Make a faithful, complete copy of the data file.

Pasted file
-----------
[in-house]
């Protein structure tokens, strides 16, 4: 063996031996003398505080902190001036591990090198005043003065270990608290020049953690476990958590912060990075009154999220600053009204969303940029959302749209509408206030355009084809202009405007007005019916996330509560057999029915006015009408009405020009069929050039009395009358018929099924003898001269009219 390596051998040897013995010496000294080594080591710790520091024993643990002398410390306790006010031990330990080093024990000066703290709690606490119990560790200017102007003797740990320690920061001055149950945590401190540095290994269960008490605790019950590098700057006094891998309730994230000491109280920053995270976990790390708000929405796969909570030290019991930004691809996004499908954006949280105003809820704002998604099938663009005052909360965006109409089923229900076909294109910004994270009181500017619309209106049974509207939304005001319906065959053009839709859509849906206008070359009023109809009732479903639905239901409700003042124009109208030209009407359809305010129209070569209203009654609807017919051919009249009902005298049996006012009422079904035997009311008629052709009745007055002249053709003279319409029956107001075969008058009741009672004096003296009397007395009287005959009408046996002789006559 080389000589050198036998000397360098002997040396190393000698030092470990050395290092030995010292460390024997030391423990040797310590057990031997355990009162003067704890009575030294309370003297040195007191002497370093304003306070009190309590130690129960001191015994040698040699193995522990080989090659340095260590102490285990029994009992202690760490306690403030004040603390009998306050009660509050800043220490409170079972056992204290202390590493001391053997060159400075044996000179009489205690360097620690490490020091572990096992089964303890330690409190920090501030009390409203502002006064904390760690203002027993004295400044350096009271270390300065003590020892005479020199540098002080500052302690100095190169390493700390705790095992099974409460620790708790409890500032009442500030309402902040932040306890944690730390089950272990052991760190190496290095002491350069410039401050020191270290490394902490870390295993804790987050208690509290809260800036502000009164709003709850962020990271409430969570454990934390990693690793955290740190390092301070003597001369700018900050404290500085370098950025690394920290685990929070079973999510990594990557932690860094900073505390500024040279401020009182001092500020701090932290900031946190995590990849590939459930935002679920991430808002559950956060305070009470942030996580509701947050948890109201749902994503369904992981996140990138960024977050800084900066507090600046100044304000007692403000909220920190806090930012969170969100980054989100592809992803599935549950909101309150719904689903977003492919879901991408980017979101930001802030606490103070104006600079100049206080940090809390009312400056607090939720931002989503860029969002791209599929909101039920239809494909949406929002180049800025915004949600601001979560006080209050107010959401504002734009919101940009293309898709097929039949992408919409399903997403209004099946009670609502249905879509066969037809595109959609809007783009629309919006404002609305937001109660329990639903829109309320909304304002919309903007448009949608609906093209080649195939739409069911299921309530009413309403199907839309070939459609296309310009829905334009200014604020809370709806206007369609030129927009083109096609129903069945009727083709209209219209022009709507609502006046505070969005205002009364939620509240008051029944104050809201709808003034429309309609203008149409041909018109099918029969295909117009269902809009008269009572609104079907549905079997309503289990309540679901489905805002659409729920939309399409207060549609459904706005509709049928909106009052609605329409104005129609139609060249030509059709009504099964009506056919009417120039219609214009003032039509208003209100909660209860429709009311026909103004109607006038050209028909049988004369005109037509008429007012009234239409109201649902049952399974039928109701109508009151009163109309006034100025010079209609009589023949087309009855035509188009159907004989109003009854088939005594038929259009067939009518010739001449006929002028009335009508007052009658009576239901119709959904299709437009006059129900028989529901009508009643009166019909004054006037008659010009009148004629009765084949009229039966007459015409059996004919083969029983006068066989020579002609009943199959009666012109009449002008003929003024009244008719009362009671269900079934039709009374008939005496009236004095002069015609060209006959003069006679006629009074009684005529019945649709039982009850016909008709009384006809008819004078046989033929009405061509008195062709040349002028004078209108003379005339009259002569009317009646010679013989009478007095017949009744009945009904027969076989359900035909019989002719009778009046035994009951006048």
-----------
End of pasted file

[in-house]
């Protein structure tokens, strides 16, 4: 063996031996003398505080902190001036591990090198005043003065270990608290020049953690476990958590912060990075009154999220600053009204969303940029959302749209509408206030355009084809202009405007007005019916996330509560057999029915006015009408009405020009069929050039009395009358018929099924003898001269009219 390596051998040897013995010496000294080594080591710790520091024993643990002398410390306790006010031990330990080093024990000066703290709690606490119990560790200017102007003797740990320690920061001055149950945590401190540095290994269960008490605790019950590098700057006094891998309730994230000491109280920053995270976990790390708000929405796969909570030290019991930004691809996004499908954006949280105003809820704002998604099938663009005052909360965006109409089923229900076909294109910004994270009181500017619309209106049974509207939304005001319906065959053009839709859509849906206008070359009023109809009732479903639905239901409700003042124009109208030209009407359809305010129209070569209203009654609807017919051919009249009902005298049996006012009422079904035997009311008629052709009745007055002249053709003279319409029956107001075969008058009741009672004096003296009397007395009287005959009408046996002789006559 080389000589050198036998000397360098002997040396190393000698030092470990050395290092030995010292460390024997030391423990040797310590057990031997355990009162003067704890009575030294309370003297040195007191002497370093304003306070009190309590130690129960001191015994040698040699193995522990080989090659340095260590102490285990029994009992202690760490306690403030004040603390009998306050009660509050800043220490409170079972056992204290202390590493001391053997060159400075044996000179009489205690360097620690490490020091572990096992089964303890330690409190920090501030009390409203502002006064904390760690203002027993004295400044350096009271270390300065003590020892005479020199540098002080500052302690100095190169390493700390705790095992099974409460620790708790409890500032009442500030309402902040932040306890944690730390089950272990052991760190190496290095002491350069410039401050020191270290490394902490870390295993804790987050208690509290809260800036502000009164709003709850962020990271409430969570454990934390990693690793955290740190390092301070003597001369700018900050404290500085370098950025690394920290685990929070079973999510990594990557932690860094900073505390500024040279401020009182001092500020701090932290900031946190995590990849590939459930935002679920991430808002559950956060305070009470942030996580509701947050948890109201749902994503369904992981996140990138960024977050800084900066507090600046100044304000007692403000909220920190806090930012969170969100980054989100592809992803599935549950909101309150719904689903977003492919879901991408980017979101930001802030606490103070104006600079100049206080940090809390009312400056607090939720931002989503860029969002791209599929909101039920239809494909949406929002180049800025915004949600601001979560006080209050107010959401504002734009919101940009293309898709097929039949992408919409399903997403209004099946009670609502249905879509066969037809595109959609809007783009629309919006404002609305937001109660329990639903829109309320909304304002919309903007448009949608609906093209080649195939739409069911299921309530009413309403199907839309070939459609296309310009829905334009200014604020809370709806206007369609030129927009083109096609129903069945009727083709209209219209022009709507609502006046505070969005205002009364939620509240008051029944104050809201709808003034429309309609203008149409041909018109099918029969295909117009269902809009008269009572609104079907549905079997309503289990309540679901489905805002659409729920939309399409207060549609459904706005509709049928909106009052609605329409104005129609139609060249030509059709009504099964009506056919009417120039219609214009003032039509208003209100909660209860429709009311026909103004109607006038050209028909049988004369005109037509008429007012009234239409109201649902049952399974039928109701109508009151009163109309006034100025010079209609009589023949087309009855035509188009159907004989109003009854088939005594038929259009067939009518010739001449006929002028009335009508007052009658009576239901119709959904299709437009006059129900028989529901009508009643009166019909004054006037008659010009009148004629009765084949009229039966007459015409059996004919083969029983006068066989020579002609009943199959009666012109009449002008003929003024009244008719009362009671269900079934039709009374008939005496009236004095002069015609060209006959003069006679006629009074009684005529019945649709039982009850016909008709009384006809008819004078046989033929009405061509008195062709040349002028004078209108003379005339009259002569009317009646010679013989009478007095017949009744009945009904027969076989359900035909019989002719009778009046035994009951006048």